absence of a genuine issue of material fact, whether or not accompanied by affidavits, the
nonmoving party must go beyond the pleadings through the use of affidavits, depositions,
answers to interrogatories and admissions on file, and designate specific facts showing that
there is a genuine issue for trial. See Celotex, 477 U.S. at 324. The evidence must be
significantly probative to support the claims. See Anderson, 477 U.S. at 248–49.
The parties agree that Florida law governs Goodman’s declaratory judgment claim.
In Florida, settlement agreements are construed in accordance with contract law principles.
Nichols v. Hartford Ins. Co. of the Midwest, 834 So. 2d 217, 219 (Fla. 1st DCA 2002). An
enforceable contract requires “an offer, an acceptance, consideration, and sufficient
specification of terms so that the obligations involved can be ascertained.” W. Constr., Inc.
v. Fla. Blacktop, Inc., 88 So.3d 301, 304 (Fla. 4th DCA 2012). An acceptance must be “(1)
absolute and unconditional; (2) identical with the terms of the offer; and (3) in the mode, at
the place, and within the time expressly or impliedly stated within the offer.” Nichols, 834
So. 2d at 219.
The parties agree that the relevant offer in this case was Safeco’s February 21, 2013
counteroffer to settle for $100,000.00. In response to the motion for summary judgment,
Goodman argues that the April 24, 2013 Civil Remedy Notice of Insurer Violations
constituted an acceptance of that offer, yielding an enforceable settlement agreement. In
particular, Goodman maintains that the request for $107,370.00 in the notice operated as both
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an acceptance of Safeco’s offer to settle the bodily injury claim for $100,000.00 and a
reiteration of Goodman’s offer to settle the property damage claim for $7,370.00.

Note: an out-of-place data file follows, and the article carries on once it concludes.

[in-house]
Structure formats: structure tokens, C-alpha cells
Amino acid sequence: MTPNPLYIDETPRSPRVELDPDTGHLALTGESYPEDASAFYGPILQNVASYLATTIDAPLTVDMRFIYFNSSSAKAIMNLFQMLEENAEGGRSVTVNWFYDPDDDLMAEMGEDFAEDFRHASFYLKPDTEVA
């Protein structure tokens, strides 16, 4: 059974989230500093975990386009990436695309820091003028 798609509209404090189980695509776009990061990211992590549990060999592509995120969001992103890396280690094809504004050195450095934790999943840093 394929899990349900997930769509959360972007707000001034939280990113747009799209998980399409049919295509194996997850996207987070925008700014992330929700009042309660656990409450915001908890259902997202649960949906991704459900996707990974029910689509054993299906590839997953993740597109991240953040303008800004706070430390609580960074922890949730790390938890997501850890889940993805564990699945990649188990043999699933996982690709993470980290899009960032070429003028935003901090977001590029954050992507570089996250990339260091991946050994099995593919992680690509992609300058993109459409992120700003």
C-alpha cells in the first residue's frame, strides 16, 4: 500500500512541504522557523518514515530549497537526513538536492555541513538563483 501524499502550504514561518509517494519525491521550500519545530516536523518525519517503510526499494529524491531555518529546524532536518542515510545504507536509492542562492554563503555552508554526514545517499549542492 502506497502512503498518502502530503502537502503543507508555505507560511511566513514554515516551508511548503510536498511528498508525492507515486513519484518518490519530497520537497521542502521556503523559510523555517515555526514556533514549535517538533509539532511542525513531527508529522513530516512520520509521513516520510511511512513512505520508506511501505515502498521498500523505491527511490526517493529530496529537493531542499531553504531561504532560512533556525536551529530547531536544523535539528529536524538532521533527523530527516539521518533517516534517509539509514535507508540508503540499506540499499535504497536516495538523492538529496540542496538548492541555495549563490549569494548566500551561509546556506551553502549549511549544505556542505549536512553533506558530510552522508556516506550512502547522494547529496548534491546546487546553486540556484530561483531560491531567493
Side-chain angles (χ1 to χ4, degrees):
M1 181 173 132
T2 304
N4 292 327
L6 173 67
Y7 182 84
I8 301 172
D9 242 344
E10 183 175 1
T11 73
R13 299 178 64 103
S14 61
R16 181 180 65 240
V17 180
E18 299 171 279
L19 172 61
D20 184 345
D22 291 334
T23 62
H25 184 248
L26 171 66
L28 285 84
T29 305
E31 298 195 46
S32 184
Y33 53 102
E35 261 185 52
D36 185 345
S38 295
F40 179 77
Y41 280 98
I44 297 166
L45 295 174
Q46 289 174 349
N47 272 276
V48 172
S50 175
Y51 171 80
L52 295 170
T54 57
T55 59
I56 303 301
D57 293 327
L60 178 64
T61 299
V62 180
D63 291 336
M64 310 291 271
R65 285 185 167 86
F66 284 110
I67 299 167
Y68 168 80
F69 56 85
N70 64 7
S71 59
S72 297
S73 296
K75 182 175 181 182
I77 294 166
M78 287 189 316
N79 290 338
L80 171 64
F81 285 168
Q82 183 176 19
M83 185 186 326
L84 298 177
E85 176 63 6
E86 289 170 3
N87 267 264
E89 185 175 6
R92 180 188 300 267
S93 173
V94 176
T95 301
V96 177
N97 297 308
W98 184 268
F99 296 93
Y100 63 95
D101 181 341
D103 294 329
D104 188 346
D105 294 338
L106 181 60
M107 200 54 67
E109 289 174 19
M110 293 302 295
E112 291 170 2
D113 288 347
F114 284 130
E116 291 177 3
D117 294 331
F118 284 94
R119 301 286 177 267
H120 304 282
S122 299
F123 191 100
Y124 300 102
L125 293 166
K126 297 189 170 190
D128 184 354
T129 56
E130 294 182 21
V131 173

Under Florida law, the notice was not sufficient to manifest mutual assent because the
terms of the notice were not “identical with the terms of the offer.” Nichols, 834 So. 2d at
219. As an initial matter, the proposed settlement amount in the notice ($107,370.00) did not
align with the proposed settlement amount in the offer ($100,000.00). Further, even
assuming that the $107,370.00 amount was divisible as Goodman now maintains,1 this figure
was presented as a “cure” for Safeco’s own violations of Florida law, rather than as a
settlement of Goodman’s injury claims against the Harrisons. (Dkt. 25-10 at 2). Moreover,
the notice did not mention or otherwise incorporate Goodman’s execution of a full and final
release, which was an express term in Safeco’s February 21, 2013 offer.
In response to the motion for summary judgment, Goodman does not advance any
other ground supporting a finding that Goodman accepted the February 21, 2013 settlement
offer, or that an enforceable settlement agreement was otherwise created. Because Goodman
failed to accept the February 21, 2013 counteroffer, Safeco properly retracted the offer on
Contrary to Goodman’s assumption that the February 21, 2013 offer applied only to the
bodily injury claim, a reading of the draft release submitted with the offer suggests that it covered
both the bodily injury and property damage claims. The release broadly applied to “any and all
claims and demands, rights, damages, causes of action, to include causes of action for bodily injury
and/or wrongful death, costs, losses or expenses . . . arising out of [the accident].” Although the
release specifically excluded numerous avenues of recovery, it did not exclude property damages,
and it reiterated the full release language as follows: “I hereby release all claims against
RELEASEES” (Dkt. 24-1 at 8-9 (emphasis added)).
The scope of the February 21, 2013 offer, while unclear, does not create an issue of material
fact because Goodman never accepted the offer—under either interpretation of its terms. The lack
of clarity does, however, further demonstrate the absence of mutual assent.
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May 22, 2013, and no contract was formed. Bullock v. Harwick, 30 So. 2d 539, 542 (Fla.
1947). Accordingly, summary judgment is due to be granted on Goodman’s complaint for
declaratory relief, which this Court previously construed as seeking a declaration of a valid
and enforceable settlement agreement between Goodman and Safeco (Dkt 17).
It is therefore ORDERED AND ADJUDGED that Defendant’s Motion for Summary
Judgment against Plaintiff Dannie Goodman (Dkt. 24) is granted. The claims by Plaintiffs
Cheryl and Jason Harrison remain at issue.
DONE and ORDERED in Tampa, Florida on August 13, 2014.
Copies furnished to:
Counsel/Parties of Record